Project Stage - Designing Environments

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Text of Project Stage - Designing Environments

  • Project StageThe project designs a flexible stage capable of staging and hosting various types of philosophical and political debates and entertainment events throughout the year at Melbournes University Square.

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  • iSSueS & oPPortunitieS

    1. The design stages performances of various natures. How can the design adapt flexibly and efficiently to the different requirements of the performances in terms of its form and users experience?

    2. The qualities of the site resembles very much its surrounding, the university, which in many ways contradict the qualities of perfor-mances. Without altering the qualities of the site, how can the design enhance the experience of the audience at the site?

    3. The site serves as an important commuting ground to many; however they rarely interact with the site despite their daily usage. How can the design attract the commuters to pause and experience the site without obstructing the commuting functions of the site?

  • DeSign agenDa

    The design will investigate the relationship between linear geometries and performances by creating a series of typologies that each creates a different audience versus performance experience.

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  • The height of the stage will determine the performer(s) visible crowd size and vice versa. The greater the visible crowd size, the more prominent the performer(s).

    #1 Prominence

    Functional elementS

    High

    Low

  • The interaction between the performer(s) and the audience is de-termined by the distance in between. The shorter the distance, the greater the intimacy.

    #2 interactions

    Observatory distance with a view of the bigger picture.

    Personal interaction distance.

    Very Far

    Very Near

    Group interaction distance.

  • Different performance nature requires different platform sizes. It should neither be in excess or insufficient.

    #3 activity Spaces

    Boundaries are passive elements that direct at-tention to the performance and exerts crowd control.

    #4 Boundaries

    Basic platform

    Solo performance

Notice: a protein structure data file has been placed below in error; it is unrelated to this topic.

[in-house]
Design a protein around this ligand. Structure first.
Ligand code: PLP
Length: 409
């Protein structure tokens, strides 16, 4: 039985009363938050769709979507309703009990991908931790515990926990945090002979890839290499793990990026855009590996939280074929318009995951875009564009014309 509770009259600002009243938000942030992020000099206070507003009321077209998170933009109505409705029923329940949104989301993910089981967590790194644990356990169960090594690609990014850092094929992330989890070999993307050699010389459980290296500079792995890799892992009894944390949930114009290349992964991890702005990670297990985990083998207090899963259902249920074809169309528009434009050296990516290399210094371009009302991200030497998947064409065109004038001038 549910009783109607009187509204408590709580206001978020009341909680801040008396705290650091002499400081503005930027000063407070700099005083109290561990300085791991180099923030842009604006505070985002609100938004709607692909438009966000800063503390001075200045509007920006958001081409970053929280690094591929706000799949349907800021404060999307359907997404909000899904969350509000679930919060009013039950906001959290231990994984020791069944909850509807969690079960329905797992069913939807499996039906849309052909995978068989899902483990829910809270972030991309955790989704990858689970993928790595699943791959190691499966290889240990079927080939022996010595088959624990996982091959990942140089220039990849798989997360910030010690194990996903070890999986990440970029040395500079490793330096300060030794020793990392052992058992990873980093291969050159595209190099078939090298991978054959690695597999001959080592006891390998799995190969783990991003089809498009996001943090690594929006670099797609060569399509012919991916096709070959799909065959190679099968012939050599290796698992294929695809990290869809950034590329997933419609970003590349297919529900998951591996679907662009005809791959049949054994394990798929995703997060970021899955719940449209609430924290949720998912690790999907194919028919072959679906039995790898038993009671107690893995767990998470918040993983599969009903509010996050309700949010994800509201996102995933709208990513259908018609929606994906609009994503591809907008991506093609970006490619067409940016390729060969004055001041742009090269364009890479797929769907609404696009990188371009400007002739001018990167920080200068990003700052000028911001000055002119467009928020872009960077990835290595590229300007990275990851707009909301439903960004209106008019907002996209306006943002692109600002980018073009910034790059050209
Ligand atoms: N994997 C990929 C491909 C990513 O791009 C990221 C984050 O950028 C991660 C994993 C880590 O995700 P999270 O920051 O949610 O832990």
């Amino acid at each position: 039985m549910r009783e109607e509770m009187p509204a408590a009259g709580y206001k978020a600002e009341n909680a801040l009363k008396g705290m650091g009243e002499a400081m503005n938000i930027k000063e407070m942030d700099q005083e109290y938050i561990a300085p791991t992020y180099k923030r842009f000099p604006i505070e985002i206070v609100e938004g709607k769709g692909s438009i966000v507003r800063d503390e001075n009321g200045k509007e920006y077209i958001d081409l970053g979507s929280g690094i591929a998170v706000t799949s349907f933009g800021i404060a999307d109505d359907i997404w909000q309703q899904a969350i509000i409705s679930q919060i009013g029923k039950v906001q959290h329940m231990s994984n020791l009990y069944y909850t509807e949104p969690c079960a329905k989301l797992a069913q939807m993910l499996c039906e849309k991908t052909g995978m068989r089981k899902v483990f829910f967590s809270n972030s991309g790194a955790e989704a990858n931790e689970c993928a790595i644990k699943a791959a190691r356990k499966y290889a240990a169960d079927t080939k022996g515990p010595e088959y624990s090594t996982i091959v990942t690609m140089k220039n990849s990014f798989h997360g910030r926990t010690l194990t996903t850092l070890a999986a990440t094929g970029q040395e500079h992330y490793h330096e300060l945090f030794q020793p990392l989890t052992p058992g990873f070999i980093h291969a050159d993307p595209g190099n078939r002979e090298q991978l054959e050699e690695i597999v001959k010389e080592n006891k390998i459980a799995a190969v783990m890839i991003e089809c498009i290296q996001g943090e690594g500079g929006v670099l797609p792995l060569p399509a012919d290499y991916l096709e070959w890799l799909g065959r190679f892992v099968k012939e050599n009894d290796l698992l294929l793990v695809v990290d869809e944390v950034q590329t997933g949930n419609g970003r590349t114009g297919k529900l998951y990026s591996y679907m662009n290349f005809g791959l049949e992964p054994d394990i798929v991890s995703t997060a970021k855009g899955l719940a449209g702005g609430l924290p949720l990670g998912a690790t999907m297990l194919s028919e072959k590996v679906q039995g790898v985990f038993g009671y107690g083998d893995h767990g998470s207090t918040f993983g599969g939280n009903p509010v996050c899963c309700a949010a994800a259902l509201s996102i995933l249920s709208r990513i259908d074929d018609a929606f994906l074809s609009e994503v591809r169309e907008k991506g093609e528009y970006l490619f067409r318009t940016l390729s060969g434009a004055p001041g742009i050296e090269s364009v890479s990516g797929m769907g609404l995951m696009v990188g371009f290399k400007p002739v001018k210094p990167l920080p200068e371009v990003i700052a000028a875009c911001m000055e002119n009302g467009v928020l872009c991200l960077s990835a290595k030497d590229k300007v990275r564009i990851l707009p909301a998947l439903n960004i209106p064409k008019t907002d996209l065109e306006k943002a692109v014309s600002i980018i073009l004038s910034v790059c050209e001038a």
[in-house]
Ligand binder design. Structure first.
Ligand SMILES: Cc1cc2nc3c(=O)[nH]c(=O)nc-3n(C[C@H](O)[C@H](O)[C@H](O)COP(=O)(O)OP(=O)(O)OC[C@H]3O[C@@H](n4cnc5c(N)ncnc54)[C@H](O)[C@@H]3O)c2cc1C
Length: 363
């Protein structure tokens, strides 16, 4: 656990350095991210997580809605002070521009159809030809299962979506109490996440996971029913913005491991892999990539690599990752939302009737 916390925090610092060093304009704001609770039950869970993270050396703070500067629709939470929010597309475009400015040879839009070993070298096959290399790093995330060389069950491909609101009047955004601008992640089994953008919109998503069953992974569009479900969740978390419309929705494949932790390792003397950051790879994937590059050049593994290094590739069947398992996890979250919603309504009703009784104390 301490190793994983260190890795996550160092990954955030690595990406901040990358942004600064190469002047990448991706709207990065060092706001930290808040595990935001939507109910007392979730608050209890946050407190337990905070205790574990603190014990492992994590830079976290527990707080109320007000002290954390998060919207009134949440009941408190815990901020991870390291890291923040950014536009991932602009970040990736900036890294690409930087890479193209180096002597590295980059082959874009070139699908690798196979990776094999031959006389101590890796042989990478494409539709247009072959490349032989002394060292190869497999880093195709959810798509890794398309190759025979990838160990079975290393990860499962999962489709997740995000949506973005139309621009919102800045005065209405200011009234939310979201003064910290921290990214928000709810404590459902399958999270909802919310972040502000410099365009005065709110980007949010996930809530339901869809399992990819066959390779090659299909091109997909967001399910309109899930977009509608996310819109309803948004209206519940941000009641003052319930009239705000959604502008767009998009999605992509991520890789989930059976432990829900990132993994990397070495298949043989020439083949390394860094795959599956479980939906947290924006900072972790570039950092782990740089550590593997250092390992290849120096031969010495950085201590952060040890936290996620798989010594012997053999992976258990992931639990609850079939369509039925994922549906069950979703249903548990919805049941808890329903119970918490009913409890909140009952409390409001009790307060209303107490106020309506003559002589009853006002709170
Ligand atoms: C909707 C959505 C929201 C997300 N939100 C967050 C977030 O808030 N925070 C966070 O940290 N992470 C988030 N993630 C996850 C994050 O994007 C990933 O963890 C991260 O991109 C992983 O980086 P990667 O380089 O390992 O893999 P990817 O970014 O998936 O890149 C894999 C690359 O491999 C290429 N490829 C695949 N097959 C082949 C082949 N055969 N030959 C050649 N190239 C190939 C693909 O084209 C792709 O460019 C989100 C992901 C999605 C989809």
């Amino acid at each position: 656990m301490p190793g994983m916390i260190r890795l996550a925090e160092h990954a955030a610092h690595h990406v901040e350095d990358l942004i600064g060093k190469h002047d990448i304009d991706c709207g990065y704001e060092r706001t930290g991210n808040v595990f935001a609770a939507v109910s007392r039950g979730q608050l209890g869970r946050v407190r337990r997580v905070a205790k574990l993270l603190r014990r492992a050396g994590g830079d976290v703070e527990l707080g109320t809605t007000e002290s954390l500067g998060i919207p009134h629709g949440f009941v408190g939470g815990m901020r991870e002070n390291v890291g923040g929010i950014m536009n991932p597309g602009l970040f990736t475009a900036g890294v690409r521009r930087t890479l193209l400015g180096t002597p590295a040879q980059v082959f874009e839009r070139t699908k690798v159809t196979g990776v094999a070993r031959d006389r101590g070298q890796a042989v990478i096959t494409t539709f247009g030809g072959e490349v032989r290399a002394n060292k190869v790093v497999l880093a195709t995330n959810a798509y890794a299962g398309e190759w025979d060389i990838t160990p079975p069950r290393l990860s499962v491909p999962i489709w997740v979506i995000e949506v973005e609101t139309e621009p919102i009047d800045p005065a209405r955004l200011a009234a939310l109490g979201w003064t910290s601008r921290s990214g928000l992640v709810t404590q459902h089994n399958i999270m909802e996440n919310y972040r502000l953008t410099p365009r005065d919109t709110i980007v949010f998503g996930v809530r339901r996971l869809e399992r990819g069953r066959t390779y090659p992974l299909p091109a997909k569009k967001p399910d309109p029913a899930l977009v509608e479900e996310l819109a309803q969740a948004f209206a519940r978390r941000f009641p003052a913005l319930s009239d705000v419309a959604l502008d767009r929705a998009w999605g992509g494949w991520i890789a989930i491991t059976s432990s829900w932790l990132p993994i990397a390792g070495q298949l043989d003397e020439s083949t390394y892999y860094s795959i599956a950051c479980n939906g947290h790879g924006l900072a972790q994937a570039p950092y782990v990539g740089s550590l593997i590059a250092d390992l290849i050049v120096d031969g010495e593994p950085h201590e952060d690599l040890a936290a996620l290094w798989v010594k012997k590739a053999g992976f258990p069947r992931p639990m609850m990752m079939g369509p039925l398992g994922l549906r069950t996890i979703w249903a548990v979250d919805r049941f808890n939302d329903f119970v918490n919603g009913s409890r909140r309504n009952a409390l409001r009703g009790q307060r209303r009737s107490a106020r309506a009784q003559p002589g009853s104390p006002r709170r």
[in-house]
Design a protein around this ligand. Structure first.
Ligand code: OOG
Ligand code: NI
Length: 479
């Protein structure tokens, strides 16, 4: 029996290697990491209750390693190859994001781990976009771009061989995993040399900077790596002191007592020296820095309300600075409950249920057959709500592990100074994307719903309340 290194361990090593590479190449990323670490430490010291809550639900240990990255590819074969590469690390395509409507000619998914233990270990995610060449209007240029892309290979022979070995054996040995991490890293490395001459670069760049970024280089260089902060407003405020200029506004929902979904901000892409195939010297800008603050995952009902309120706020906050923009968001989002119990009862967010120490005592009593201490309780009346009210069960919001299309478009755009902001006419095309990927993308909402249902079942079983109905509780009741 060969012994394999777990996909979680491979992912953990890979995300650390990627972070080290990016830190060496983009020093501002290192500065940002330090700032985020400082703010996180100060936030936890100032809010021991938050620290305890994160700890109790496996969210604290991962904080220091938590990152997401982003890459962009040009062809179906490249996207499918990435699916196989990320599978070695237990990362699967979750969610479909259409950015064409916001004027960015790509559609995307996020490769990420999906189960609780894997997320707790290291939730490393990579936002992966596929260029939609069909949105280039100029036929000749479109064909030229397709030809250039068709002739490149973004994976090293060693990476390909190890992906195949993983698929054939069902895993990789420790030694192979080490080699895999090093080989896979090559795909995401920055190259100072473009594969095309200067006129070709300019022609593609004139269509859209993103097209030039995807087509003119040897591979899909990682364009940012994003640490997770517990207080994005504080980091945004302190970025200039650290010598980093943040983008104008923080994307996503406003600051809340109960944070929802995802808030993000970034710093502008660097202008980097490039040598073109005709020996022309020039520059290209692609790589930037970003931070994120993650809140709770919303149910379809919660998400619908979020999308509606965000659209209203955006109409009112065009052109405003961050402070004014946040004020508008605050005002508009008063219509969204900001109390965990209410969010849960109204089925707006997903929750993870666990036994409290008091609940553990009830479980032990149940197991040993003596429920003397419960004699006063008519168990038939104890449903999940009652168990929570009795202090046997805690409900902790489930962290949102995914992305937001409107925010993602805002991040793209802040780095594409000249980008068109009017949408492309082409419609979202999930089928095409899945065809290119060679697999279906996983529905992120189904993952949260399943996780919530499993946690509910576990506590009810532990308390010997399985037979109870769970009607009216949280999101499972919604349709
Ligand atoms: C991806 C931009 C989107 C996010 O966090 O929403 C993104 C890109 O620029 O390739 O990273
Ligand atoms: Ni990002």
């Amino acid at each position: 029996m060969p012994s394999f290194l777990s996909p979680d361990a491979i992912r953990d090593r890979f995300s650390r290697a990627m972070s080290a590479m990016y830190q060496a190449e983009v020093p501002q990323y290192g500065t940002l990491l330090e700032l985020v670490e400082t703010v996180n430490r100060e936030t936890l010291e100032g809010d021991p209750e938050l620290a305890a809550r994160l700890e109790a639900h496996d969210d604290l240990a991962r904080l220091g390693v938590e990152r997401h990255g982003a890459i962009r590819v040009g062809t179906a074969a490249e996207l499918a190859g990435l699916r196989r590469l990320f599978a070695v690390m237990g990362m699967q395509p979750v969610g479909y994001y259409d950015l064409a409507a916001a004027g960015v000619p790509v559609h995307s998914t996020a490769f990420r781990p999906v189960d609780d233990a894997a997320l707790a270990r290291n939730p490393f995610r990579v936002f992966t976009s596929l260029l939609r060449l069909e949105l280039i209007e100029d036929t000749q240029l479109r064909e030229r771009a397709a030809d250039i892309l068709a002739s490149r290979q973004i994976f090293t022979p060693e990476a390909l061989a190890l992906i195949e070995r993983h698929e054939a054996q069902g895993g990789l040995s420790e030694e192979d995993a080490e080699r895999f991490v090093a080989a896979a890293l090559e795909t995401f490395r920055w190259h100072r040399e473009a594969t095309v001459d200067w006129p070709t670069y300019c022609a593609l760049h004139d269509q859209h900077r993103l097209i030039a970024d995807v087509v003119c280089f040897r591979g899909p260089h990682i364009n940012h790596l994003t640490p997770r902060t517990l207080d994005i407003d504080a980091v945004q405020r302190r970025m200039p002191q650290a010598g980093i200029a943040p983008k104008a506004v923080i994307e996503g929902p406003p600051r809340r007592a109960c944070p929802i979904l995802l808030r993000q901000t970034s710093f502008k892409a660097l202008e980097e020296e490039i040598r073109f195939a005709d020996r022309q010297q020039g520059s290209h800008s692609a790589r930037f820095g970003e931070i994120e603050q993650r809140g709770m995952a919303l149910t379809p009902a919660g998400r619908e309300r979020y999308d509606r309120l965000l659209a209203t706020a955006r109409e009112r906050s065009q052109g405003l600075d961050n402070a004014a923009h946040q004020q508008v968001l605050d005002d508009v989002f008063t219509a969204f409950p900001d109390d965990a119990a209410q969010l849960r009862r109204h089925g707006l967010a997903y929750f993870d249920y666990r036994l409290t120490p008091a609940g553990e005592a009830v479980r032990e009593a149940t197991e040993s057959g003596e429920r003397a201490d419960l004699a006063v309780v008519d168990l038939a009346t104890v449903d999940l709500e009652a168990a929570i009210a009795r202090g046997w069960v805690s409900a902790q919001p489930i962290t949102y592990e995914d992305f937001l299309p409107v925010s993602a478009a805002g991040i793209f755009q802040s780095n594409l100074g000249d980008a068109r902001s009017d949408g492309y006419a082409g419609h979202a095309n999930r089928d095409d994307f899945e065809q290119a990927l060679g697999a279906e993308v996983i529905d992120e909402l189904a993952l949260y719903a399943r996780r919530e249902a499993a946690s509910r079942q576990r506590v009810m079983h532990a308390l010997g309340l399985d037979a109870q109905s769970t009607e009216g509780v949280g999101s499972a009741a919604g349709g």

Group performance

    Active performance

    Bounded space

  • #6 Human traffic

    #7 Seclusion

    Provoking the curiosity of commuters, the design should attract commut-ers to the stage but should not obstruct the commuting flow.

    Performance screened from direct eyes provides privacy and provokes curiosity.

    #5 Vehicle trafficDuring peak hours, the site is surrounded by heavy traffic. Areas closer to the street and unscreened by trees are highly affected by the noise.

    Audience

    Zone 1Noisy and Inactive

    Zone 2Quiet with minimum activity.

    Zone 3Noisy and active.

    B

    B

    a a

    context elements

    #8 Space creating

  • #12 Views

    #9 topographyThe stage down the slope accomodates a larger audience with a good view of the performance.

    Views of audience and performer(s) should not be obstructed by others and/or structures.

    Non-distracting and neutral background to prevent distraction.

    #10 Background

    View a

    View B

    #11 SunlightThe play between light and shadows can enhance or decrease the quality of performances.

  • connections on Paper

  • Stage typology

    Extended parts of the design trace back and intersect at this end, forming the center of atten-tion of the stage.

    View of the audience at the back are not obstructed by people or tall structures at the front.

    Separated yet interactive platforms designed specifi-cally for debates.

    Viewpoint

    Performance Platform

    Perfomer(s) - Audience View

    X

    X Center of attentionLandscape

    The height provides landscape views of the Melbourne CBD skyline and the main entrance of the Univer-sity of Melbourne.

  • Scale TestingThe stage was tested against the human size in terms of the platforms accessibility and crowd size.

    connectionS oF PaPer - PrototyPeSMaking Ground ConnectionsConnections from the platforms to the ground were added to connect the audience with the performance and to provide structural supports for the stage.

    The Big PicturePlatforms with different sizes and connections were joined to-gether to test the proportion of the stage as a whole.

  • Absolute truth is a very rare and dangerous commodity... - Hunter S. Thompson

    adaptable Hosting - Defined Space

    Small Crowd

    Hierarchical Staging

    reFining connectionS

    Very Superior

    Least Superior

  • adaptable Hosting - continuous Space

    Interactive

    VisibilityDue to the stage flow and slope position, audiences movement entrancing and exiting can occur without disrupting the perfor-mances. The stage structure also enable multiple visual aids to accommodate a huge crowd.

  • Flexible Staging - recreational Space

  • Flexible Staging - the nightlife

  • nortH eleVation

    Backstage entrance and platform. View from the bottom of the side, South-North, is obstructed to encourage audience to optimise the view down the slope, the North-South view. .

  • Audience

    NSite Plan

    1mm

    : 75

    0m

    Audience

    Zone 1Noisy and Inactive

    Zone 2Quiet with minimum activity.

    Zone 3Noisy and active.

    Relative Human Traffic

  • Floor Plan

    1mm : 200m

    N

    Increasing crowd size

    X X

    Y

    Y

  • Section

    1mm : 200m

    elevation

    Section X-X Section Y-Y

    West Elevation

    40400

    All measurements are in mm.

    8505

    South Elevation

    43200